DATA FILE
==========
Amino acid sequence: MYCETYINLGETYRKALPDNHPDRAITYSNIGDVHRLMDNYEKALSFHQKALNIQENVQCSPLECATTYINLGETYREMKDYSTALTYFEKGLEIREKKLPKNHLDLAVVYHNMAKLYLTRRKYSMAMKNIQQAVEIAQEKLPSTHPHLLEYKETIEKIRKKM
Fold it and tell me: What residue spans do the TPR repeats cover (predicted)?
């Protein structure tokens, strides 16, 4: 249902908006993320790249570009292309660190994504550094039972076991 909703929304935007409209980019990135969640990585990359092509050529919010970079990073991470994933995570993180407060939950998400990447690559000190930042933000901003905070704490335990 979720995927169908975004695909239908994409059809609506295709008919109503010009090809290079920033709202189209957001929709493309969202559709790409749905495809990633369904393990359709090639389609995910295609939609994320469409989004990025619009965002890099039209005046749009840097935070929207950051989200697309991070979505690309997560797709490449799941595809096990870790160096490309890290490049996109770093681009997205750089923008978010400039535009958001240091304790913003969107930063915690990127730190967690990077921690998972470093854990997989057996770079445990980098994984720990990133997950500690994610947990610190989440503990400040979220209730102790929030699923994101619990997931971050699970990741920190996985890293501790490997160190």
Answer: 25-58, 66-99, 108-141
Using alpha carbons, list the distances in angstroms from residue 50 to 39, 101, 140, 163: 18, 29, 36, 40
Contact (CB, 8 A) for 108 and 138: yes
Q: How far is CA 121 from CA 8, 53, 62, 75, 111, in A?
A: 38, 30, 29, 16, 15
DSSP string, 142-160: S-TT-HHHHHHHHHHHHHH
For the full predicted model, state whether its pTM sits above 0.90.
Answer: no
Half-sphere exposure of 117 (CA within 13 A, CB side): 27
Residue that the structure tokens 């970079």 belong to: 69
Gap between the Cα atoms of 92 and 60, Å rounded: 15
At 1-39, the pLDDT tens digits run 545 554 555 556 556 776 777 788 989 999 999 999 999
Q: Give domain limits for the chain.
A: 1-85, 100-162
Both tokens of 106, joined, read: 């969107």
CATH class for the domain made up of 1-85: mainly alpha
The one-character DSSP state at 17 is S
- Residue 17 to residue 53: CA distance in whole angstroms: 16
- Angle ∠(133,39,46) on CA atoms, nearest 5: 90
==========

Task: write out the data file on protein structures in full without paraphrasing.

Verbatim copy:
Amino acid sequence: MYCETYINLGETYRKALPDNHPDRAITYSNIGDVHRLMDNYEKALSFHQKALNIQENVQCSPLECATTYINLGETYREMKDYSTALTYFEKGLEIREKKLPKNHLDLAVVYHNMAKLYLTRRKYSMAMKNIQQAVEIAQEKLPSTHPHLLEYKETIEKIRKKM
Fold it and tell me: What residue spans do the TPR repeats cover (predicted)?
């Protein structure tokens, strides 16, 4: 249902908006993320790249570009292309660190994504550094039972076991 909703929304935007409209980019990135969640990585990359092509050529919010970079990073991470994933995570993180407060939950998400990447690559000190930042933000901003905070704490335990 979720995927169908975004695909239908994409059809609506295709008919109503010009090809290079920033709202189209957001929709493309969202559709790409749905495809990633369904393990359709090639389609995910295609939609994320469409989004990025619009965002890099039209005046749009840097935070929207950051989200697309991070979505690309997560797709490449799941595809096990870790160096490309890290490049996109770093681009997205750089923008978010400039535009958001240091304790913003969107930063915690990127730190967690990077921690998972470093854990997989057996770079445990980098994984720990990133997950500690994610947990610190989440503990400040979220209730102790929030699923994101619990997931971050699970990741920190996985890293501790490997160190």
Answer: 25-58, 66-99, 108-141
Using alpha carbons, list the distances in angstroms from residue 50 to 39, 101, 140, 163: 18, 29, 36, 40
Contact (CB, 8 A) for 108 and 138: yes
Q: How far is CA 121 from CA 8, 53, 62, 75, 111, in A?
A: 38, 30, 29, 16, 15
DSSP string, 142-160: S-TT-HHHHHHHHHHHHHH
For the full predicted model, state whether its pTM sits above 0.90.
Answer: no
Half-sphere exposure of 117 (CA within 13 A, CB side): 27
Residue that the structure tokens 């970079």 belong to: 69
Gap between the Cα atoms of 92 and 60, Å rounded: 15
At 1-39, the pLDDT tens digits run 545 554 555 556 556 776 777 788 989 999 999 999 999
Q: Give domain limits for the chain.
A: 1-85, 100-162
Both tokens of 106, joined, read: 């969107």
CATH class for the domain made up of 1-85: mainly alpha
The one-character DSSP state at 17 is S
- Residue 17 to residue 53: CA distance in whole angstroms: 16
- Angle ∠(133,39,46) on CA atoms, nearest 5: 90